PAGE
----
I had a really hard time getting used to manual BPs as well, and even now it's not something I'm great at since I usually use the monitor or doppler for BPs.
I found it helpful to have a baseline to go from... have someone else take the BP first (or use an electronic cuff), then you have an idea where you'll first hear the beat. That way, if the systolic was 120, you can pay extra close attention between 130 and 110, and you might have a better time learning to identify the first sound.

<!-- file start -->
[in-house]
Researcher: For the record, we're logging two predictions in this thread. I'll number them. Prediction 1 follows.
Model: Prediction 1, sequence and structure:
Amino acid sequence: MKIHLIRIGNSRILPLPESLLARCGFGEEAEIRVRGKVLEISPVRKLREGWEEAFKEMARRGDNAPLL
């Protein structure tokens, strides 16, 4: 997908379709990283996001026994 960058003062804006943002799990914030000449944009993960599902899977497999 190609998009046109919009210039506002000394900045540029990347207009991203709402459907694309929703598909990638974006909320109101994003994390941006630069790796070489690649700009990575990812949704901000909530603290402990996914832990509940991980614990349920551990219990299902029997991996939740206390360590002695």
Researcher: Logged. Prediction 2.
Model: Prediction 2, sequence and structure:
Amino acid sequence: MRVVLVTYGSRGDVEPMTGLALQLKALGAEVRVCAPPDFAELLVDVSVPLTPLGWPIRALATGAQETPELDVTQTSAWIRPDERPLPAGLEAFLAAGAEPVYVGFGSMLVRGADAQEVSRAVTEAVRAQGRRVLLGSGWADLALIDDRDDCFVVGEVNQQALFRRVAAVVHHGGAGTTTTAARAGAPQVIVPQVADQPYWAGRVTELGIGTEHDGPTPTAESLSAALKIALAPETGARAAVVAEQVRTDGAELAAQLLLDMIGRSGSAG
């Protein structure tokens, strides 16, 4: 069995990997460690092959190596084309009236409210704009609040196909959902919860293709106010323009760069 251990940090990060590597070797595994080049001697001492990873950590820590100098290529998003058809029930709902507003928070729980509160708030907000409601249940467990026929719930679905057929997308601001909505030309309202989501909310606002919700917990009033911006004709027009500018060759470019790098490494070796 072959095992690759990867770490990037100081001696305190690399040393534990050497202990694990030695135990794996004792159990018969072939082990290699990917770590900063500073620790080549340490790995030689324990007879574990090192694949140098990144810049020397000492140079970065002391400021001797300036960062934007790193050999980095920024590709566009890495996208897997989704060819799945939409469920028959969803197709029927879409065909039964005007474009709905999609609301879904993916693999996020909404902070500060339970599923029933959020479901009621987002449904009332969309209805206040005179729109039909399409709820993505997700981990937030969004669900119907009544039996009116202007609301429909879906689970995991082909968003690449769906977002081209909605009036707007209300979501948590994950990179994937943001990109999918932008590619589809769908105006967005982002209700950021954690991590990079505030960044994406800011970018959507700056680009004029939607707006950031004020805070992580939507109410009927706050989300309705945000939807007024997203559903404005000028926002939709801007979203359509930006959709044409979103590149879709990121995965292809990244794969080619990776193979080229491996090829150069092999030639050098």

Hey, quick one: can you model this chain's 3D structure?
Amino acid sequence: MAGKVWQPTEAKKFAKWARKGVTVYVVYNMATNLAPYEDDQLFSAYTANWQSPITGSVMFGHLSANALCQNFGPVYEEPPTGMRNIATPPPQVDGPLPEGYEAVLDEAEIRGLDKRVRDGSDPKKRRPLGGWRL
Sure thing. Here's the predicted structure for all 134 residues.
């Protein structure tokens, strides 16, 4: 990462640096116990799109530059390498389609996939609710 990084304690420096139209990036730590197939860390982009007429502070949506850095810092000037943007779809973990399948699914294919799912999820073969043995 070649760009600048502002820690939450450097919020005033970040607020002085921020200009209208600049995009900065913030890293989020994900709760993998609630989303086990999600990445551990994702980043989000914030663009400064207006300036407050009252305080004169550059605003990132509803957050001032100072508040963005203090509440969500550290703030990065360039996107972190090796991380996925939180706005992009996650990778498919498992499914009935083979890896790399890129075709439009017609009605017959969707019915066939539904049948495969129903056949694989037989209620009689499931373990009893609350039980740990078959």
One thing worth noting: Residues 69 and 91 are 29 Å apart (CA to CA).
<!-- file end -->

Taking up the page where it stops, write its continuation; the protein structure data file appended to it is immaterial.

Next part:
Also, as others have said, make sure you palpate the pulse first so you are definitely going to hear it when you place your stethoscope there. I usually hold the patient's arm with my fingers under the elbow (holding it straight) and my thumb holding the head of the stethoscope in place.
A fellow student can be a lifesaver... In first year, I checked one of my classmate's BP about ten times a day until I felt like I knew what I was doing... she was really patient, and kept her arm nice and still